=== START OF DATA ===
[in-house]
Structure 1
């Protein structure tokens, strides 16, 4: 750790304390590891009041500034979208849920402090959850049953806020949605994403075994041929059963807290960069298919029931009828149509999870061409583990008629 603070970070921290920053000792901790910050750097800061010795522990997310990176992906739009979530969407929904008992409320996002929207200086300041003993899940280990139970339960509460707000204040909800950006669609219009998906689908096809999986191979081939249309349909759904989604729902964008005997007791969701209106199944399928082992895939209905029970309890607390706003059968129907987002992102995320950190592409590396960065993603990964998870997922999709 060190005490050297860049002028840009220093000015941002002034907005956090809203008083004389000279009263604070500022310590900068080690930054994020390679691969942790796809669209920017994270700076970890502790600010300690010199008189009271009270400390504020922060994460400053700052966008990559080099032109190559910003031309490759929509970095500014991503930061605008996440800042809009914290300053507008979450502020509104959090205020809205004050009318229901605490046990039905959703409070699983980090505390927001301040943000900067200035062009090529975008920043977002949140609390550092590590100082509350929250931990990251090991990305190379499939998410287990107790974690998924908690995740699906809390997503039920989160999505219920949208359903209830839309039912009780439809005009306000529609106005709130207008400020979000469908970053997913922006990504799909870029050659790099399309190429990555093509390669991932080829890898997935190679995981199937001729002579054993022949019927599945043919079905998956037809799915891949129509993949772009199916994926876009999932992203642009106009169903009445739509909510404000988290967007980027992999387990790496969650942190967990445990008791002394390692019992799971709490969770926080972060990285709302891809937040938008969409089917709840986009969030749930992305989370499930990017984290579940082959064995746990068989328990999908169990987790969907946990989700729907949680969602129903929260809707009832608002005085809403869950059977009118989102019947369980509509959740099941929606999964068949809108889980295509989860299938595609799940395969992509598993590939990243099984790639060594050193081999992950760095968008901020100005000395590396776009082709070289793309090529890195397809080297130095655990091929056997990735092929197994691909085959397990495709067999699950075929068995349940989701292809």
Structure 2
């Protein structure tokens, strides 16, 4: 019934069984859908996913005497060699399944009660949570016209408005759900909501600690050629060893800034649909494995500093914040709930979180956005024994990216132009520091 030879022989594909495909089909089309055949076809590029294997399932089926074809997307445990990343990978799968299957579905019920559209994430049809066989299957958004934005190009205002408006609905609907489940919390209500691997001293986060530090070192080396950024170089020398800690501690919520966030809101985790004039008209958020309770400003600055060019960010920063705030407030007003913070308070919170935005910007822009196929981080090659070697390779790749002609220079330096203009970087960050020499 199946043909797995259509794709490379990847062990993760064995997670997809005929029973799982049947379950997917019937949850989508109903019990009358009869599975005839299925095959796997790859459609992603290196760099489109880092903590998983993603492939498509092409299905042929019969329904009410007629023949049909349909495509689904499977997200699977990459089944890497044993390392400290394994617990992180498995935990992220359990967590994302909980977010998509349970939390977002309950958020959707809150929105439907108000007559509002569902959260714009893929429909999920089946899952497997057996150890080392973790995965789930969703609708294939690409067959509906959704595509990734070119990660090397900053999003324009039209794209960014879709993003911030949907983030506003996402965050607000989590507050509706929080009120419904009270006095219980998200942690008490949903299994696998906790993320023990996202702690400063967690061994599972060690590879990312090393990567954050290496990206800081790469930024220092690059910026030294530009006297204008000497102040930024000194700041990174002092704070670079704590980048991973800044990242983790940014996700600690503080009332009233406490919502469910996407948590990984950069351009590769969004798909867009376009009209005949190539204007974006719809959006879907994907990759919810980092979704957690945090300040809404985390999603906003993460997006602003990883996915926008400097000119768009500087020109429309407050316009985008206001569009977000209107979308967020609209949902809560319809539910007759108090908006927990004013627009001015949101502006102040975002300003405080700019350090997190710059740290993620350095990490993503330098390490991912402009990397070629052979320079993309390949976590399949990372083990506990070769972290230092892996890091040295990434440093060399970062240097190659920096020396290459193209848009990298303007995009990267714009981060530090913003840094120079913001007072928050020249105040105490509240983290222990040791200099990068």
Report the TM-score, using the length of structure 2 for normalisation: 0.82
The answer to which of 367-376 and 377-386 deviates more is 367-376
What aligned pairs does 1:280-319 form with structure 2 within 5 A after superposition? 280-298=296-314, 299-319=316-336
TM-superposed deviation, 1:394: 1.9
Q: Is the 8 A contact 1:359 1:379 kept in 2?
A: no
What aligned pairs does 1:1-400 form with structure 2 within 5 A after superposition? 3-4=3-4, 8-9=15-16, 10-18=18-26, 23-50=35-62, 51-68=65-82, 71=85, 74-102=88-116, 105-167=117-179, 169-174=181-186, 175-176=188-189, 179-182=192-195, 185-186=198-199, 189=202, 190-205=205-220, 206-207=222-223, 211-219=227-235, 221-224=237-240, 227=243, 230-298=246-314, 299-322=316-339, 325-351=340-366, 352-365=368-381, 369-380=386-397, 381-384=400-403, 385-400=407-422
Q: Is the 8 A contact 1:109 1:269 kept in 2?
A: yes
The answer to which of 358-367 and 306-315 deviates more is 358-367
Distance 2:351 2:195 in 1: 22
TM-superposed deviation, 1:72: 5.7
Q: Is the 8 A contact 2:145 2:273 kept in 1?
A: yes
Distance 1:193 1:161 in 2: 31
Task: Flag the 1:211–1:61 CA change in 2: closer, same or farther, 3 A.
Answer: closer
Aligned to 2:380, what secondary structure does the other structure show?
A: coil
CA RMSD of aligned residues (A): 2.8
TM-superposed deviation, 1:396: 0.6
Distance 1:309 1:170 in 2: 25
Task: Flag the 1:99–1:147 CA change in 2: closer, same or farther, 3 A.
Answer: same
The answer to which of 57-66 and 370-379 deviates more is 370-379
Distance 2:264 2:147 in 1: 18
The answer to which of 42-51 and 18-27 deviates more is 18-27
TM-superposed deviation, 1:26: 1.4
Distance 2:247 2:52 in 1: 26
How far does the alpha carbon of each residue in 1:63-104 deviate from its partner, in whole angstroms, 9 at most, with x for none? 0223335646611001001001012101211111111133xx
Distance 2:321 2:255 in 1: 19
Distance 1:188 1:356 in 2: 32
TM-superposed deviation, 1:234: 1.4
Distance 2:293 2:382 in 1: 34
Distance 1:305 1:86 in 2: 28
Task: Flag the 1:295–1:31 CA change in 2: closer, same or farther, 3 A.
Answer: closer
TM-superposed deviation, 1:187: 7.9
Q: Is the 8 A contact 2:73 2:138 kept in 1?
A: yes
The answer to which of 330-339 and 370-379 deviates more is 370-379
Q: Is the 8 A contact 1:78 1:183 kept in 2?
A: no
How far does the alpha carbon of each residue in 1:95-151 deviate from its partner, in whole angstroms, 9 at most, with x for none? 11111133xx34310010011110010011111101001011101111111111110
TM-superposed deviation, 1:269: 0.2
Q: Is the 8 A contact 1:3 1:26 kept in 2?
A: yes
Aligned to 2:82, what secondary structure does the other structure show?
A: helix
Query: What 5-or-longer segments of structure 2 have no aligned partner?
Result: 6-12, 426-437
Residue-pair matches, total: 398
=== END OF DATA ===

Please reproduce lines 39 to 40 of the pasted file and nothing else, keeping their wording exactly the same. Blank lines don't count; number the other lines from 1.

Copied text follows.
Distance 2:293 2:382 in 1: 34
Distance 1:305 1:86 in 2: 28